The Michigan Daily - Monday, January 16, 1989 - Page7
Continued from Page 1
rollments higher than the University
average of 15.4 percent.
0 The Medical School is highest, at
27.4 percent, up three points from a
year ago. The College of Pharmacy
rose to 17.1 percent minority en-
roHment, up from 14.7 last year.
cThe only school to see a drop in
minority enrollment was the Dental
School, reporting 17.7 percent mi-
nority enrollment, down from 18.2
percent. However, overall enrollment
*in the Dental School also declined.
In the schools below the Univer-
sity average, the School of Public
Health had 14.7 percent minority en-
rollment, up from the previous year's
The School of Nursing is the
lowest, with 8.1 percent minority
enrollment, but that is up from 6.4
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1988 Enrollments for University Professional Schools by race
Medical Nursing Pharmacy Public Health
8.52% 3.86% 3.31% 6.16% 7.67%
0.41 % 8.06% 4.08%
14.23% 00% 0.49%
.55~ 2.84% 2.45%
72.59% 91.87% 82.94% 85.32%°
Women's roles in
Some percentage changes may be
much larger than the actual numerical
changes because overall enrollment
figures are small. None of the
schools has over 1,000 students en-
All figures were provided by the
office of the University's Vice Presi-
dent for Academic Affairs.
One recommendation, now put
into practice, was for schools to
work together in a concerted recruit-
ment effort. To attract more minority
students to graduate education in the
health sciences, the schools mailed
about 3,000 invitations to minority
students living in residence halls to
attend "dorm nights," said Donald
Strachen, assistant dean for admis-
sions in the Dental School and a task
force member. About 30-40 people
attended a dorm night in Mary
Markley residence hall last week, he
Four dorm nights were held last
semester, and another is planned for
this semester. They are seen as a way
to "build some linkages early in un-
dergraduate careers" between minority
students and faculty members, said
Dr. Margaret Woodbury, assistant
dean for student and minority affairs
in the Medical School and a task
Woodbury was one of several
people to accompany Charles
Moody, vice provost for minority
affairs, to Chicago last fall for a
"University of Michigan Day." Rep-
resentatives of the University held an
open house and invited a select group
of Chicago-area minority students.
Woodbury said this was another
opportunity for prospective students
to meet faculty members. Other "U
of M Days" in cities with large mi-
nority populations will be planned in
the future, she said.
"There's always a concern... that
[a report; can become a shelf job,"
said Margaret Warrick, director of
student services in the School of
Public Health and a member of the
task force. To prevent the
recommendations from being ne-
glected, a group of original commit-
tee members and specially appointed
individuals will meet regularly to
ensure that the recommendations of
the report get implemented.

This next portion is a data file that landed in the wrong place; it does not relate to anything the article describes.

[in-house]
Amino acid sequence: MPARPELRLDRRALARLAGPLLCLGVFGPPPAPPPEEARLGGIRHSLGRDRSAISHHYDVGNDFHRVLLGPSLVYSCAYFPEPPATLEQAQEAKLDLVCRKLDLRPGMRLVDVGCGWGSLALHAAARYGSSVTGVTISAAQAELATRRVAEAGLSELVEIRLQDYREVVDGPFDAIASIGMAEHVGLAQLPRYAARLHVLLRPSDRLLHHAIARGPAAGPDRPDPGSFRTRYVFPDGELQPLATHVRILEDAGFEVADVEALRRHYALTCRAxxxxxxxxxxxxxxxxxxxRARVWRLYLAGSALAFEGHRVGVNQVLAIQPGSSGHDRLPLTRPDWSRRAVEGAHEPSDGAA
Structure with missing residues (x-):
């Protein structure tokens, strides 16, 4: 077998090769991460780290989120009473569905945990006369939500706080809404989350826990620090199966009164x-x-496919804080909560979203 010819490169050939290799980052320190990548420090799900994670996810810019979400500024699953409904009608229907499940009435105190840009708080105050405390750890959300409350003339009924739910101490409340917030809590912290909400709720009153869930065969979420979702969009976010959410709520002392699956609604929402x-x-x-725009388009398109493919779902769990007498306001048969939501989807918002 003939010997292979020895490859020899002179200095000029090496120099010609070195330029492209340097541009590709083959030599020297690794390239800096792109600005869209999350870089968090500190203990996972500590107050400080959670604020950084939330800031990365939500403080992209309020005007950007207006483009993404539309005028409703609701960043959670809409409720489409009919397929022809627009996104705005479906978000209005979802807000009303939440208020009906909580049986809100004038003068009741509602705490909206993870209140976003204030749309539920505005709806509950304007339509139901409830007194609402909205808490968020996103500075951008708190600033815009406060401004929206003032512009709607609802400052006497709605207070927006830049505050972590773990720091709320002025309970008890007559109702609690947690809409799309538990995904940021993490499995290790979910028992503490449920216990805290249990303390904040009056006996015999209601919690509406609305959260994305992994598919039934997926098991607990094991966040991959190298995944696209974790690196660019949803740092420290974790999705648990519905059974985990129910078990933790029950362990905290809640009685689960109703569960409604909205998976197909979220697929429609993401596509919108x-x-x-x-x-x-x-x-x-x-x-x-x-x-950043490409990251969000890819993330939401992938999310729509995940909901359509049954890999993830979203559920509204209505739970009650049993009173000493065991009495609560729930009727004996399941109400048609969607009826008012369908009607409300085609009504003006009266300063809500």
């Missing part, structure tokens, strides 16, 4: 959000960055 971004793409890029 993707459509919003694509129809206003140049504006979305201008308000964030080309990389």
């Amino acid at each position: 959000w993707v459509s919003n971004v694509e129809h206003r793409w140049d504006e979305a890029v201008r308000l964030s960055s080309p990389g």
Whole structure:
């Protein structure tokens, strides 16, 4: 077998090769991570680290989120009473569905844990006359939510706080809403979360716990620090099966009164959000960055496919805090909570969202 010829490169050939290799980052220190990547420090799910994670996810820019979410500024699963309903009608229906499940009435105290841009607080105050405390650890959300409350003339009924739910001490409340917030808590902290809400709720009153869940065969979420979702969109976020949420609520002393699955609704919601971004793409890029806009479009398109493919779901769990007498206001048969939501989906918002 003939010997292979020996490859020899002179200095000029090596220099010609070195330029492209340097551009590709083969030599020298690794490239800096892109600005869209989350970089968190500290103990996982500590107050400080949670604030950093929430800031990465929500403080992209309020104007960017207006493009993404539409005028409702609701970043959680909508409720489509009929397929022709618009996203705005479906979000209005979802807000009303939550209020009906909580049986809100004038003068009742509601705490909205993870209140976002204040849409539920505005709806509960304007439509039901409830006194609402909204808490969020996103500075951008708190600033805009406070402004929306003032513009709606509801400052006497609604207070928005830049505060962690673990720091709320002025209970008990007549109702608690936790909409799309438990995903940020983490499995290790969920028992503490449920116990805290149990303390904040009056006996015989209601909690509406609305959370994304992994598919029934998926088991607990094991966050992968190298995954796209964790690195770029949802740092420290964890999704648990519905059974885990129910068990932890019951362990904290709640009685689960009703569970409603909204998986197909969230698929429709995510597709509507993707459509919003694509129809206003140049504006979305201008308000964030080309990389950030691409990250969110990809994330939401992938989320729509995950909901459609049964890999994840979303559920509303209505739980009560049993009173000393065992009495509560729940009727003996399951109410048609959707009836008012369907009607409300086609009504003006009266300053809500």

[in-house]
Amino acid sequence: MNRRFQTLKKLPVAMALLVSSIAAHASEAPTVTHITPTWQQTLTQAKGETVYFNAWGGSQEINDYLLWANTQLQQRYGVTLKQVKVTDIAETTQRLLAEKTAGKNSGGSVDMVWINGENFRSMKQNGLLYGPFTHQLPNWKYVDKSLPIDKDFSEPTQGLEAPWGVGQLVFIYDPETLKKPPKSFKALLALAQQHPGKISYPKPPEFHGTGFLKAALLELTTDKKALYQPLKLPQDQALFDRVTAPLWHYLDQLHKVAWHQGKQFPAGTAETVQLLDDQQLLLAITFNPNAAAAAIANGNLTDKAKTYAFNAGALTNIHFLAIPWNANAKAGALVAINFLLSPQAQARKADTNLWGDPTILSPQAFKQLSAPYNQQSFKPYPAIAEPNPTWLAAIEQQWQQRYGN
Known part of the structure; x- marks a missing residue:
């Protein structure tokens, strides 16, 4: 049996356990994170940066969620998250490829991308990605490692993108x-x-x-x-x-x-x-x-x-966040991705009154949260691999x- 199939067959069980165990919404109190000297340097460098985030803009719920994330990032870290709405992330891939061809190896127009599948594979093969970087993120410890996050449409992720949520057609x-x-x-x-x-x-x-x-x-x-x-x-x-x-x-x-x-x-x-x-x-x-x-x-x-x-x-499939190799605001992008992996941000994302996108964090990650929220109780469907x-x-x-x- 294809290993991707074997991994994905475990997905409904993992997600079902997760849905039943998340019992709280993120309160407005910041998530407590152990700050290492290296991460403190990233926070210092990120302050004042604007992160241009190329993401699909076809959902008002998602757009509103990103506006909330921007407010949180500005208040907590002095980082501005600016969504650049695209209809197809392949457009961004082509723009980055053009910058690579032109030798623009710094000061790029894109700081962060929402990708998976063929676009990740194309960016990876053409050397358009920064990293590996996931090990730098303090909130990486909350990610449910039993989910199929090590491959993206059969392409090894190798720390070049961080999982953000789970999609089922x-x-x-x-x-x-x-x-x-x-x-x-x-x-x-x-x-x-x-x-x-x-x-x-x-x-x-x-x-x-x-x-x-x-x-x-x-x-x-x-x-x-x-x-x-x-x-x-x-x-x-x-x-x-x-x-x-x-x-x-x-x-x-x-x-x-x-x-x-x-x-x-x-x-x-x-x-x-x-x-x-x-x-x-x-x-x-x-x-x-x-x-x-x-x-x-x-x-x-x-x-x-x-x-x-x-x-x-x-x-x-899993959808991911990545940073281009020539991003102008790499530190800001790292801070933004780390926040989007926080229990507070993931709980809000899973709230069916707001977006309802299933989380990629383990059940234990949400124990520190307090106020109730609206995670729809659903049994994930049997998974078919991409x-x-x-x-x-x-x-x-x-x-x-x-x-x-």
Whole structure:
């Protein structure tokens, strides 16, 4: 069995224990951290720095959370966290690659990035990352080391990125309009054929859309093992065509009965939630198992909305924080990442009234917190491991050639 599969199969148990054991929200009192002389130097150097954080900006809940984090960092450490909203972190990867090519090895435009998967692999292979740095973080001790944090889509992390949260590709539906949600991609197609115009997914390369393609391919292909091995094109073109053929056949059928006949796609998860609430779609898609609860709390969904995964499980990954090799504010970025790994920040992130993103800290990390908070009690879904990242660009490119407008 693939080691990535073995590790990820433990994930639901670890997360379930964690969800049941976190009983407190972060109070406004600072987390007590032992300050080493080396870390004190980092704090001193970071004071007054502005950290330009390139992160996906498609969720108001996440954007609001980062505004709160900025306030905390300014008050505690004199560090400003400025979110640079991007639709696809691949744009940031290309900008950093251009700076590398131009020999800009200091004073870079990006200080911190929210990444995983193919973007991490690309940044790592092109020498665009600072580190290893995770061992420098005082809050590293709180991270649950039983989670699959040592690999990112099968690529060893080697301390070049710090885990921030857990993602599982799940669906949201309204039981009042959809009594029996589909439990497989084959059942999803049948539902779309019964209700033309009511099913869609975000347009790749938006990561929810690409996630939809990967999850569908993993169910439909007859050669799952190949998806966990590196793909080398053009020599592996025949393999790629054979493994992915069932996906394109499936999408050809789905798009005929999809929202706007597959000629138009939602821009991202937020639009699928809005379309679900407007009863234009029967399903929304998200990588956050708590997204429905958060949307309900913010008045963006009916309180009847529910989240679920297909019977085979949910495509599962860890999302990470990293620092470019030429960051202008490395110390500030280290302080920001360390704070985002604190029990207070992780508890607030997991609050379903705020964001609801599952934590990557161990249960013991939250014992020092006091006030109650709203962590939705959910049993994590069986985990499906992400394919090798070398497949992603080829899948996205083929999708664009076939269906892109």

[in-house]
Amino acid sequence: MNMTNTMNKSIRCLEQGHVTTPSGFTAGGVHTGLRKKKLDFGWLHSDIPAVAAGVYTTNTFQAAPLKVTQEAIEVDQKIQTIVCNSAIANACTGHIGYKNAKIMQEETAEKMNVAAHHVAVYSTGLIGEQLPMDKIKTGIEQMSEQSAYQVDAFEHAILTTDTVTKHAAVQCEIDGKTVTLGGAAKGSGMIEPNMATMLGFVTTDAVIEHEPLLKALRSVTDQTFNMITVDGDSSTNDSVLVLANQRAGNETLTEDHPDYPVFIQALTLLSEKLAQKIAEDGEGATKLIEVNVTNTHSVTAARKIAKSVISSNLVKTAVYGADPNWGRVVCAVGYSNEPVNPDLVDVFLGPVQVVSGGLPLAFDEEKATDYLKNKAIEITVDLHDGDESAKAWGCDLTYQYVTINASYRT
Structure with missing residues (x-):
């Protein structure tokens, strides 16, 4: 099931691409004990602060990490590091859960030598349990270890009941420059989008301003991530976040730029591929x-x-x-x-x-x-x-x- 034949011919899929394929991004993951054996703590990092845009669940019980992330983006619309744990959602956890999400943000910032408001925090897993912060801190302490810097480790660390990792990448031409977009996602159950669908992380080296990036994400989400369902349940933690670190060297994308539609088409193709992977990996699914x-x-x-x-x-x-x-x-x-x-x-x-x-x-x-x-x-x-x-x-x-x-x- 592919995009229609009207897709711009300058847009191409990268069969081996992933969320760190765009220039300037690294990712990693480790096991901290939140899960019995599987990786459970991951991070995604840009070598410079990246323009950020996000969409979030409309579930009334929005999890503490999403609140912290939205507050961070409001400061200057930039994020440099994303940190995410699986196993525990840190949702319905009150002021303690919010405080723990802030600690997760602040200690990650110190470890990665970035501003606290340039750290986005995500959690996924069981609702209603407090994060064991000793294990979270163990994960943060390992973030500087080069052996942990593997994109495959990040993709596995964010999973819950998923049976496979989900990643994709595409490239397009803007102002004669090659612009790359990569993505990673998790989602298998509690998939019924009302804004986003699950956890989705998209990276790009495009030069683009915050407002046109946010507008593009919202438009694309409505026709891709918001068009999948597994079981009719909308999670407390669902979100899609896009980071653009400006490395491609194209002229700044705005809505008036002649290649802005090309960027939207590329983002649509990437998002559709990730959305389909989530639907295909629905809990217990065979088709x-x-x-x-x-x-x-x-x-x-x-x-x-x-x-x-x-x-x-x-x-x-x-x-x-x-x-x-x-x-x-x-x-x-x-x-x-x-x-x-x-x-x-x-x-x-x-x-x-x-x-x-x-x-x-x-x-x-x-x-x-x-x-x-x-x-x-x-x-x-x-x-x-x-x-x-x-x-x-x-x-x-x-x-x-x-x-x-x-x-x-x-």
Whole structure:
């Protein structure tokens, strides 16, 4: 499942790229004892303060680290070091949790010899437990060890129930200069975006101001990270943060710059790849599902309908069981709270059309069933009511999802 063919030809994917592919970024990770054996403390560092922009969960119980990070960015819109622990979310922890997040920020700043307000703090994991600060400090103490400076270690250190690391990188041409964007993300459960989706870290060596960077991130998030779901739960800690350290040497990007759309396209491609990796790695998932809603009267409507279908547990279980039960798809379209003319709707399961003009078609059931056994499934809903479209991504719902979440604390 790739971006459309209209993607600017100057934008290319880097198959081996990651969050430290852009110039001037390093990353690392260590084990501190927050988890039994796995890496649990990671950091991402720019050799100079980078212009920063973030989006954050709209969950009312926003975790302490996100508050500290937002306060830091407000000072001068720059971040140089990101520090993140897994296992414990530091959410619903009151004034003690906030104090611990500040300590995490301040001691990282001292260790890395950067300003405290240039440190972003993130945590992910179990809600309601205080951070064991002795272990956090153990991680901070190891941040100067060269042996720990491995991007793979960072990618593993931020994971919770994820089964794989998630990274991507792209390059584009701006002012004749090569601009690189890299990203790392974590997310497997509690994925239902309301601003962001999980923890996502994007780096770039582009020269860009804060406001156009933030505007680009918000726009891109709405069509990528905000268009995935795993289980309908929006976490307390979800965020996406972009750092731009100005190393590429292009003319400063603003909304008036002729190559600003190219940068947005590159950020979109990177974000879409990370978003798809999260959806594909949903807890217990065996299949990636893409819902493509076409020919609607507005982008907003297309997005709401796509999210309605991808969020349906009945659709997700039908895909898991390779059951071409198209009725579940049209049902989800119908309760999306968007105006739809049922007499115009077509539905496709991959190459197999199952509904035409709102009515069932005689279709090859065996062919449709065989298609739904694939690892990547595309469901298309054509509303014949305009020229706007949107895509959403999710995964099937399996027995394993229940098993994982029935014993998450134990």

Tomorrow: A look at what pro-
grams the individual health science
schools have implemented.
BY NICOLE SHAW
Women who have influenced the
civil rights movement were honored
Friday as the University's Com-
memoration of a Dream Committee
continued its celebration of
Gloria House, former member of
the Student Nonviolent Coordinating
Committee (SNCC) in Alabama, led
about 50 students and faculty mem-
bers in a discussion about women
civil rights leaders, including Rosa
Parks and Ella Baker.
House dispelled the long-held no-
tion that women played a minimal
part in the Civil Rights Movement.
Men and women were equals in the
movement, she said, because "they
were willing to risk their lives for
the cause, and so were we. We
claimed our equality and worked out
of our equality."
House then discussed the role
SNCC played in the Alabama Civil
Rights Movement. That group, she
said, eventually affected the entire
nation because "SNCC inspired you
to go out and be active because you
knew you were right."
House said people should
"understand the atmosphere Blacks
had to work under to make change."
She described the violence, terrorism,
and economic threats Blacks endured
to survive and make change. At one
point, local whites who objected to
the civil rights movement would fire
guns at SNCC members' homes
nightly, she said.
In the early '60s, Alabama was
about 85 percent Black, yet the state
had no Black elected representatives,
But to offset the white
supremacist-led Democratic party,
House said SNCC organized its own
section of the Democratic party and
by 1966 the first Black was elected to
office. In 1968, a Black sheriff was
elected. "A good deal of national
sentiment was driven on by what
happened in Alabama in the 1960s,"
Before House's discussion, a film
on Ella Baker was shown outlining
more than 20 years of service she
gave to the civil rights movement.
Baker fought to gain freedom and
equality for Blacks by traveling
through the southern states, making
speeches and rallying people to ac-
Fridays in The Daily
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Poet Laureate of Illinois
Pulitzer Prize Winner
Monday, January 16, 1989
Michigan Union Ballroom
Diversity Day Symposium
Blacks in the Arts:
Resources for Diversity
Maurice Wheeler Detroit Public Library
Deirdre Spencer U-M Fine Arts Library
Christine Weideman Bentley Historical
STUDENTS GRADUATING IN APRIL
Students anticipating April 1989 graduation should make application for their
diplomas at the earliest possible date in order to ensure their inclusion in the
graduation program and the timely receipt of their diploma.
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ARTS AND PROGRAMMING
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